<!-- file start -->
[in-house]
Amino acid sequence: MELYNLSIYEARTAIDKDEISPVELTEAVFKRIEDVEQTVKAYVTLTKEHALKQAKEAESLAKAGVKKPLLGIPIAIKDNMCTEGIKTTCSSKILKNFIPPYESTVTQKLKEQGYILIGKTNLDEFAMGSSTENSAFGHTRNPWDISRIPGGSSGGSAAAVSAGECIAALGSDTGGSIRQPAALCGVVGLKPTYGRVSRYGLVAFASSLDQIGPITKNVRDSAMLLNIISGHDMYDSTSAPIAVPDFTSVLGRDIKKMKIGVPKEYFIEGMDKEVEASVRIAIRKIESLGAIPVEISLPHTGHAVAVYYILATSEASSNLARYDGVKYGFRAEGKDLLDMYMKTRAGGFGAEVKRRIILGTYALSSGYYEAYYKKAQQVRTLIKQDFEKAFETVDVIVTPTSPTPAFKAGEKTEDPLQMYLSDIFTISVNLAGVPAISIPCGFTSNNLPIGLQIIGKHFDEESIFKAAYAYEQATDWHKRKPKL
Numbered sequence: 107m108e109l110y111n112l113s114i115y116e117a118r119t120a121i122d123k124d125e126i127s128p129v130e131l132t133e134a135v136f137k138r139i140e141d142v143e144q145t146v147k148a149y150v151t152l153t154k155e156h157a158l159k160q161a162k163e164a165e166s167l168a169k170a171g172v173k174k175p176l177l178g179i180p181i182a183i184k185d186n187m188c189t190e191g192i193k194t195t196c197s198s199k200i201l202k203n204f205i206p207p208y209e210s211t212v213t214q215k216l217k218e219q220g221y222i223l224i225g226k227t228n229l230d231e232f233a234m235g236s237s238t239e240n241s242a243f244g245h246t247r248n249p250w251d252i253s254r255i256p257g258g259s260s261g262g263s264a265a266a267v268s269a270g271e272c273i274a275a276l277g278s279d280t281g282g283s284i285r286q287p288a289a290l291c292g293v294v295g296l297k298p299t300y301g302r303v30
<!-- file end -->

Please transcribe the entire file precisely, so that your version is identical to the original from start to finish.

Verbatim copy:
[in-house]
Amino acid sequence: MELYNLSIYEARTAIDKDEISPVELTEAVFKRIEDVEQTVKAYVTLTKEHALKQAKEAESLAKAGVKKPLLGIPIAIKDNMCTEGIKTTCSSKILKNFIPPYESTVTQKLKEQGYILIGKTNLDEFAMGSSTENSAFGHTRNPWDISRIPGGSSGGSAAAVSAGECIAALGSDTGGSIRQPAALCGVVGLKPTYGRVSRYGLVAFASSLDQIGPITKNVRDSAMLLNIISGHDMYDSTSAPIAVPDFTSVLGRDIKKMKIGVPKEYFIEGMDKEVEASVRIAIRKIESLGAIPVEISLPHTGHAVAVYYILATSEASSNLARYDGVKYGFRAEGKDLLDMYMKTRAGGFGAEVKRRIILGTYALSSGYYEAYYKKAQQVRTLIKQDFEKAFETVDVIVTPTSPTPAFKAGEKTEDPLQMYLSDIFTISVNLAGVPAISIPCGFTSNNLPIGLQIIGKHFDEESIFKAAYAYEQATDWHKRKPKL
Numbered sequence: 107m108e109l110y111n112l113s114i115y116e117a118r119t120a121i122d123k124d125e126i127s128p129v130e131l132t133e134a135v136f137k138r139i140e141d142v143e144q145t146v147k148a149y150v151t152l153t154k155e156h157a158l159k160q161a162k163e164a165e166s167l168a169k170a171g172v173k174k175p176l177l178g179i180p181i182a183i184k185d186n187m188c189t190e191g192i193k194t195t196c197s198s199k200i201l202k203n204f205i206p207p208y209e210s211t212v213t214q215k216l217k218e219q220g221y222i223l224i225g226k227t228n229l230d231e232f233a234m235g236s237s238t239e240n241s242a243f244g245h246t247r248n249p250w251d252i253s254r255i256p257g258g259s260s261g262g263s264a265a266a267v268s269a270g271e272c273i274a275a276l277g278s279d280t281g282g283s284i285r286q287p288a289a290l291c292g293v294v295g296l297k298p299t300y301g302r303v30